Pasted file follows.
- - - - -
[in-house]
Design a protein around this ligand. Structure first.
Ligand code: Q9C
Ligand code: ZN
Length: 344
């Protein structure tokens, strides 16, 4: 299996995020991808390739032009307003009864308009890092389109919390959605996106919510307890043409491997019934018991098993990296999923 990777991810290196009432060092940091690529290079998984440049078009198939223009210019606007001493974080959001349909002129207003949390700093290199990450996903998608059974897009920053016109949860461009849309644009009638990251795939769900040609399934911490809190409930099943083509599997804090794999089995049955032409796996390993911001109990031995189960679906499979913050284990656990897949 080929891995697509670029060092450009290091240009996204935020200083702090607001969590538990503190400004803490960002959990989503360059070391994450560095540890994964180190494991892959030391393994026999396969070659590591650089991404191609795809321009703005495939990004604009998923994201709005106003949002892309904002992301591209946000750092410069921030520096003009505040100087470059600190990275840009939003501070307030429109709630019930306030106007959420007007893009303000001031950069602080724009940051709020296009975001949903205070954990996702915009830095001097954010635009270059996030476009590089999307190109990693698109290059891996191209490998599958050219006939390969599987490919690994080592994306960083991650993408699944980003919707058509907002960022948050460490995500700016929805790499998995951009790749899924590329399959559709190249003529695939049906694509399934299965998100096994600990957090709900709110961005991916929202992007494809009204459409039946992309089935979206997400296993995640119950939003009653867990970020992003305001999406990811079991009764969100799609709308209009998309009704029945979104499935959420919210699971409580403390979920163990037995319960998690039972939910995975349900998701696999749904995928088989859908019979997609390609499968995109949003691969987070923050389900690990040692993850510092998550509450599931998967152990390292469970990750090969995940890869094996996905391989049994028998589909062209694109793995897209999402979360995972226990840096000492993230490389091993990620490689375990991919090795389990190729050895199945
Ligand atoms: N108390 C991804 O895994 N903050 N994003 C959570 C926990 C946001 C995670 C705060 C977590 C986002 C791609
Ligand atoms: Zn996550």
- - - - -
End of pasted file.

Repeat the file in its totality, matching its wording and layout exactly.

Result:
[in-house]
Design a protein around this ligand. Structure first.
Ligand code: Q9C
Ligand code: ZN
Length: 344
């Protein structure tokens, strides 16, 4: 299996995020991808390739032009307003009864308009890092389109919390959605996106919510307890043409491997019934018991098993990296999923 990777991810290196009432060092940091690529290079998984440049078009198939223009210019606007001493974080959001349909002129207003949390700093290199990450996903998608059974897009920053016109949860461009849309644009009638990251795939769900040609399934911490809190409930099943083509599997804090794999089995049955032409796996390993911001109990031995189960679906499979913050284990656990897949 080929891995697509670029060092450009290091240009996204935020200083702090607001969590538990503190400004803490960002959990989503360059070391994450560095540890994964180190494991892959030391393994026999396969070659590591650089991404191609795809321009703005495939990004604009998923994201709005106003949002892309904002992301591209946000750092410069921030520096003009505040100087470059600190990275840009939003501070307030429109709630019930306030106007959420007007893009303000001031950069602080724009940051709020296009975001949903205070954990996702915009830095001097954010635009270059996030476009590089999307190109990693698109290059891996191209490998599958050219006939390969599987490919690994080592994306960083991650993408699944980003919707058509907002960022948050460490995500700016929805790499998995951009790749899924590329399959559709190249003529695939049906694509399934299965998100096994600990957090709900709110961005991916929202992007494809009204459409039946992309089935979206997400296993995640119950939003009653867990970020992003305001999406990811079991009764969100799609709308209009998309009704029945979104499935959420919210699971409580403390979920163990037995319960998690039972939910995975349900998701696999749904995928088989859908019979997609390609499968995109949003691969987070923050389900690990040692993850510092998550509450599931998967152990390292469970990750090969995940890869094996996905391989049994028998589909062209694109793995897209999402979360995972226990840096000492993230490389091993990620490689375990991919090795389990190729050895199945
Ligand atoms: N108390 C991804 O895994 N903050 N994003 C959570 C926990 C946001 C995670 C705060 C977590 C986002 C791609
Ligand atoms: Zn996550």